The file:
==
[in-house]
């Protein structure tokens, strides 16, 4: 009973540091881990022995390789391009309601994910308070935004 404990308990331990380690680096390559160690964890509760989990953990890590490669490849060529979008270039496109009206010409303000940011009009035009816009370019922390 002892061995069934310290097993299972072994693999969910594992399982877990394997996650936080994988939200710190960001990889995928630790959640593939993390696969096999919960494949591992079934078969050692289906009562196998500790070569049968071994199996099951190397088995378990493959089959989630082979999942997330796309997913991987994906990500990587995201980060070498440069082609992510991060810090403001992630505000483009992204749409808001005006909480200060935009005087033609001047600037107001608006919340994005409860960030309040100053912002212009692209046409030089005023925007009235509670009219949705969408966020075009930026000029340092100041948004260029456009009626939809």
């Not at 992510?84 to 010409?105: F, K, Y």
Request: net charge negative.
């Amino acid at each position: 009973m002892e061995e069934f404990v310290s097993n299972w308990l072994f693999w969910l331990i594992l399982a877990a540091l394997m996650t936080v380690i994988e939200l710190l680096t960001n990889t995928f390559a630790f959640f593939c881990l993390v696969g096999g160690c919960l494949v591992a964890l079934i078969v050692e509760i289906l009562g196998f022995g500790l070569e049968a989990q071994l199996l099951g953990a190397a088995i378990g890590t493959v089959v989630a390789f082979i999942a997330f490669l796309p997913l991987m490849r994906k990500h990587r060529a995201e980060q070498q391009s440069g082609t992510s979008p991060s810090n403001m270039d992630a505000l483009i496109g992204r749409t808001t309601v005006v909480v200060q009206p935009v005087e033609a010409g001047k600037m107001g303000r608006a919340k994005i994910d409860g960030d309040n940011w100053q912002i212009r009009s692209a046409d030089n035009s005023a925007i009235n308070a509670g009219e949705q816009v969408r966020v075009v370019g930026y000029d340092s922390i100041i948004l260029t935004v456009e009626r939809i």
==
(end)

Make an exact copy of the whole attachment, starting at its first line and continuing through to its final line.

[in-house]
């Protein structure tokens, strides 16, 4: 009973540091881990022995390789391009309601994910308070935004 404990308990331990380690680096390559160690964890509760989990953990890590490669490849060529979008270039496109009206010409303000940011009009035009816009370019922390 002892061995069934310290097993299972072994693999969910594992399982877990394997996650936080994988939200710190960001990889995928630790959640593939993390696969096999919960494949591992079934078969050692289906009562196998500790070569049968071994199996099951190397088995378990493959089959989630082979999942997330796309997913991987994906990500990587995201980060070498440069082609992510991060810090403001992630505000483009992204749409808001005006909480200060935009005087033609001047600037107001608006919340994005409860960030309040100053912002212009692209046409030089005023925007009235509670009219949705969408966020075009930026000029340092100041948004260029456009009626939809």
């Not at 992510?84 to 010409?105: F, K, Y």
Request: net charge negative.
């Amino acid at each position: 009973m002892e061995e069934f404990v310290s097993n299972w308990l072994f693999w969910l331990i594992l399982a877990a540091l394997m996650t936080v380690i994988e939200l710190l680096t960001n990889t995928f390559a630790f959640f593939c881990l993390v696969g096999g160690c919960l494949v591992a964890l079934i078969v050692e509760i289906l009562g196998f022995g500790l070569e049968a989990q071994l199996l099951g953990a190397a088995i378990g890590t493959v089959v989630a390789f082979i999942a997330f490669l796309p997913l991987m490849r994906k990500h990587r060529a995201e980060q070498q391009s440069g082609t992510s979008p991060s810090n403001m270039d992630a505000l483009i496109g992204r749409t808001t309601v005006v909480v200060q009206p935009v005087e033609a010409g001047k600037m107001g303000r608006a919340k994005i994910d409860g960030d309040n940011w100053q912002i212009r009009s692209a046409d030089n035009s005023a925007i009235n308070a509670g009219e949705q816009v969408r966020v075009v370019g930026y000029d340092s922390i100041i948004l260029t935004v456009e009626r939809i």